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Rogers Residence

154 Queen Street, St Andrews, New Brunswick, E5B, Canada

Formally Recognized: 2009/07/06

This photograph illustrates the contextual view of the building, 2009; Town of St. Andrews
Rogers Residence - Contextual view
This photograph illustrates the single-storey bay window, 2009; Town of St. Andrews
Rogers Residence - Bay window
No Image

Other Name(s)

n/a

Links and documents

Construction Date(s)

Listed on the Canadian Register: 2009/10/01

Statement of Significance

Description of Historic Place

Built circa 1871, the Rogers Residence is a wooden two-storey, Greek Revival residence with a front-facing gable roof and an off-centred entrance. It is located on Queen Street in the Town of St. Andrews.

Heritage Value

The Rogers Residence is designated a Local Historic Place for its architecture, for its association with its past occupants and for being a contributing element to the array of heritage buildings in the Town of St. Andrews.

The Rogers Residence is recognized as being a good example of Greek Revival residential architecture. The property has a front-facing gable with returned eaves. It has an off-centred entrance balanced by a single one-storey bay window.

The Rogers Residence is also recognized for its association with its past occupants. Research suggests that the property was built circa 1871 for widowed school teacher, Mrs. Charlotte Rodgers. The 1881 census shows her 23-year-old daughter, Ellen, also a school teacher, residing here with her. They remained here until 1886 before moving to New Westminster, British Columbia. Ellen graduated from the Charlotte County Grammar School. She taught school in Chamcook, Moore’s Mills, and St. Andrews before moving to New Westminster where she was principal of the Girl’s Central School in that city for 30 years.

The Rogers Residence is also recognized for being a contributing element to the array of heritage buildings in the St. Andrews Historic District National Historic Site of Canada. St. Andrews has one of the best collections per capita of heritage buildings in Canada that range from the early thriving loyalist days of the late 1700’s to the Maxwell designed homes of the town’s early tourism era in the late 1800’s, early 1900’s. As of 2001 the population of St. Andrews was less than 2,000 inhabitants. Much credit is due to the inhabitants of the town for maintaining this collection and preserving the town’s serene and relaxed atmosphere.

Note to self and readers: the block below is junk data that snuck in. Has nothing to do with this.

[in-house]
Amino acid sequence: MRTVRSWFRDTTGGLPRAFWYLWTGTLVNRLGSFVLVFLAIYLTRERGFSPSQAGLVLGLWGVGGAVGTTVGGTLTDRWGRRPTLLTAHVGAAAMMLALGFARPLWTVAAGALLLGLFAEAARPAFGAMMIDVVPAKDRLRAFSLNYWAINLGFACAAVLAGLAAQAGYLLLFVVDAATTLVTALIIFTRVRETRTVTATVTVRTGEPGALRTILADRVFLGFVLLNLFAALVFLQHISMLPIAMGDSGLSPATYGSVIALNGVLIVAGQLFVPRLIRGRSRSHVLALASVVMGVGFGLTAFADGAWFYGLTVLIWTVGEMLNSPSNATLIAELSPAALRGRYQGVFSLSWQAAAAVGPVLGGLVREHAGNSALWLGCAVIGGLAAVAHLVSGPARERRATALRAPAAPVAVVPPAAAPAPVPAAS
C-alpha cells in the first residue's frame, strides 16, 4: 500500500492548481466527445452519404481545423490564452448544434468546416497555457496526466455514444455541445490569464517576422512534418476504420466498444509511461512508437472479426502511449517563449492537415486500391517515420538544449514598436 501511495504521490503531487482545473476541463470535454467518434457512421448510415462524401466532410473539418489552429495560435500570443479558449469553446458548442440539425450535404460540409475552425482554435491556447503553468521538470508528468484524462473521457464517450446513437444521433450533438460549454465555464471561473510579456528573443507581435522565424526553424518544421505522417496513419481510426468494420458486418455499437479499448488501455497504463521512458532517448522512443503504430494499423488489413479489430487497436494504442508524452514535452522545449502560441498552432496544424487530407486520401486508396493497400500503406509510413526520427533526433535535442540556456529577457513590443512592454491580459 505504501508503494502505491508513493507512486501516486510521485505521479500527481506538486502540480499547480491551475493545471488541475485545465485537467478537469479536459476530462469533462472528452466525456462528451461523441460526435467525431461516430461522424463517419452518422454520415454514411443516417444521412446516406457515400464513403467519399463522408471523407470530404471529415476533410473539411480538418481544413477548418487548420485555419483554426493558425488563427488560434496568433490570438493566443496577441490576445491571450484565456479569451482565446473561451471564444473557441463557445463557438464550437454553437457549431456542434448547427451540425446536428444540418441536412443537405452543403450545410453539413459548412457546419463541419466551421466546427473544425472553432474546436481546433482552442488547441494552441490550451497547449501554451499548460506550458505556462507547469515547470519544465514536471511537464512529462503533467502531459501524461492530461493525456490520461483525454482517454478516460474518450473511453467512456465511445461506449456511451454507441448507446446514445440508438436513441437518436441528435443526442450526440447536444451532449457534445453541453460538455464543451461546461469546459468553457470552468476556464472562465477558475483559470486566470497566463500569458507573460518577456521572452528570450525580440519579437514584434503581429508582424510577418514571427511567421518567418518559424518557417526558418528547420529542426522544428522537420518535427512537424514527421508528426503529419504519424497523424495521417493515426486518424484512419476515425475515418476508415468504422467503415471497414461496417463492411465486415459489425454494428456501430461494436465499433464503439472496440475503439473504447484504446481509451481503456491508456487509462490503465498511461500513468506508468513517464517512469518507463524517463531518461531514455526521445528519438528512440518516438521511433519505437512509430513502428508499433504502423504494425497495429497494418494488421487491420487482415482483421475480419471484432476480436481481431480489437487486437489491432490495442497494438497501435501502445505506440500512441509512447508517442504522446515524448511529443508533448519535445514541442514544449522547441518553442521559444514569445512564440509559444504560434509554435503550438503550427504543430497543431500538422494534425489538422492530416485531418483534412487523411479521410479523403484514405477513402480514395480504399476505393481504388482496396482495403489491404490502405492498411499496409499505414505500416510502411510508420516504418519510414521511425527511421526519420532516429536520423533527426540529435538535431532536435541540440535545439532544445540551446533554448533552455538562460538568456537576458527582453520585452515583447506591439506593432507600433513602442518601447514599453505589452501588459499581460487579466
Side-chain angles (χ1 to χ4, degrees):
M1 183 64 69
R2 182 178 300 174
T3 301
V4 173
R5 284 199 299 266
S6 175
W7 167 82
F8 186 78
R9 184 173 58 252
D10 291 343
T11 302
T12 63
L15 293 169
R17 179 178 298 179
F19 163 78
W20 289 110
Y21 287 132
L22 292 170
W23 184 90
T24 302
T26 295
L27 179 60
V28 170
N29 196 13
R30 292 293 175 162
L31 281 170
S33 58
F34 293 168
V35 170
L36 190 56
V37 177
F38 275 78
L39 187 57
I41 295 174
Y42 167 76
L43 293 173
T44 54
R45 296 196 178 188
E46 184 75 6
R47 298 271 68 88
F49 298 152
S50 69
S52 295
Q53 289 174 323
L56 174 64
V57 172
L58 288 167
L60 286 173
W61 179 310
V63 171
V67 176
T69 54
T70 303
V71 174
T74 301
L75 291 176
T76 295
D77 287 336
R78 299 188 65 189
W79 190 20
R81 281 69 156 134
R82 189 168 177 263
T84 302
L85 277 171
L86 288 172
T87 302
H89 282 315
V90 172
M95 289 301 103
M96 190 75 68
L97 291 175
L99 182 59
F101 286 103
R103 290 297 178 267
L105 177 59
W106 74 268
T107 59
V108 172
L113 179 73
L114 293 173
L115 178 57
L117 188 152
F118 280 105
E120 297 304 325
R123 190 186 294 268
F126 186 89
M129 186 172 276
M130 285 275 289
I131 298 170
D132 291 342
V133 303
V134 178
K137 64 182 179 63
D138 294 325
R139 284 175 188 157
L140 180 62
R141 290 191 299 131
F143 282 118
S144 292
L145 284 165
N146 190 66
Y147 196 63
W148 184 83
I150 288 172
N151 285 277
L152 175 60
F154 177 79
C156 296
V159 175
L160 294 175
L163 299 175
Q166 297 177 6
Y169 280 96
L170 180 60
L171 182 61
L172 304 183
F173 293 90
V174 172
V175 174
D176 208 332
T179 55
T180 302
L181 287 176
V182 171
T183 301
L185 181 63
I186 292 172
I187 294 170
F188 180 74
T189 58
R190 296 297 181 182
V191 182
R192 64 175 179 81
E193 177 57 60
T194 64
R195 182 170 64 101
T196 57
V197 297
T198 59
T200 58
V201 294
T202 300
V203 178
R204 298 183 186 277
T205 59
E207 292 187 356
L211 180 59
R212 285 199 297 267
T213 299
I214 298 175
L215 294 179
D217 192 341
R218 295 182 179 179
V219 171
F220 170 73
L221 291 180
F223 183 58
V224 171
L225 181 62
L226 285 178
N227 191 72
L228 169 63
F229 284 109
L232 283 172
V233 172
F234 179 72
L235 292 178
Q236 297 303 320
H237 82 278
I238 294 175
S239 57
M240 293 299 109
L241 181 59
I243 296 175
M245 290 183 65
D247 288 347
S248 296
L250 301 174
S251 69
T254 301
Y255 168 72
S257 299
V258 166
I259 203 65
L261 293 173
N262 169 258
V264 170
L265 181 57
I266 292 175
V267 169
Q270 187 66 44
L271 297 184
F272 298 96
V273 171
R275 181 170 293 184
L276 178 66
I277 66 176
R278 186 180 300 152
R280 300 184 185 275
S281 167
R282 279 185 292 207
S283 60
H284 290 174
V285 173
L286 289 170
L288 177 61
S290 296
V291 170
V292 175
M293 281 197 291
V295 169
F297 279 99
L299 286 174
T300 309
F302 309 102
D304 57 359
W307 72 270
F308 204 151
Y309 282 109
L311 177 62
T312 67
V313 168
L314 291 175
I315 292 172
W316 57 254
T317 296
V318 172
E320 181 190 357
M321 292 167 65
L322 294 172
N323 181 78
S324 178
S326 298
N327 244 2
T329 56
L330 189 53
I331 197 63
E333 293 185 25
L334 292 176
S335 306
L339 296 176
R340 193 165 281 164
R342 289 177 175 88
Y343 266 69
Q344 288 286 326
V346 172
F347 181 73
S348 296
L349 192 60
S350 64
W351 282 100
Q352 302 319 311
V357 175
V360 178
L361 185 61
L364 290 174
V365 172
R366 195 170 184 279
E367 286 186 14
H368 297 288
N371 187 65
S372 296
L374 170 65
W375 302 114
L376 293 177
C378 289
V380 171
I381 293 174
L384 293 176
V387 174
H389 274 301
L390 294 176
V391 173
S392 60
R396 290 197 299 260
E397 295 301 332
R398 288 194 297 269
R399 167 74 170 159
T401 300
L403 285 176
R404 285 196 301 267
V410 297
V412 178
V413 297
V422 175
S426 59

Source: Charlotte County Archives - Old Gaol, St. Andrews, New Brunswick - St. Andrews Historic Places File, “Rogers Residence”

Character-Defining Elements

The character-defining elements of the Rogers Residence include:
- rectangular two-storey plan;
- front-facing gable roof with eave returns;
- window placement and proportions;
- single-storey semi-octagonal bay window;
- corner boards;
- wood cladding;
- entranceway entablature.

Recognition

Jurisdiction

New Brunswick

Recognition Authority

Local Governments (NB)

Recognition Statute

Local Historic Places Program

Recognition Type

Municipal Register of Local Historic Places

Recognition Date

2009/07/06

Historical Information

Significant Date(s)

n/a

Theme - Category and Type

Expressing Intellectual and Cultural Life
Architecture and Design
Building Social and Community Life
Education and Social Well-Being

Function - Category and Type

Current

Residence
Single Dwelling

Historic

Architect / Designer

n/a

Builder

n/a

Additional Information

Location of Supporting Documentation

Charlotte County Archives - Old Gaol, St. Andrews, N. B.

Cross-Reference to Collection

Fed/Prov/Terr Identifier

1812

Status

Published

Related Places

General view

St. Andrews Historic District National Historic Site of Canada

The St. Andrews Historic District comprises the original part of the present town of St. Andrews, New Brunswick. It is laid out as a grid of sixty blocks running back from the…

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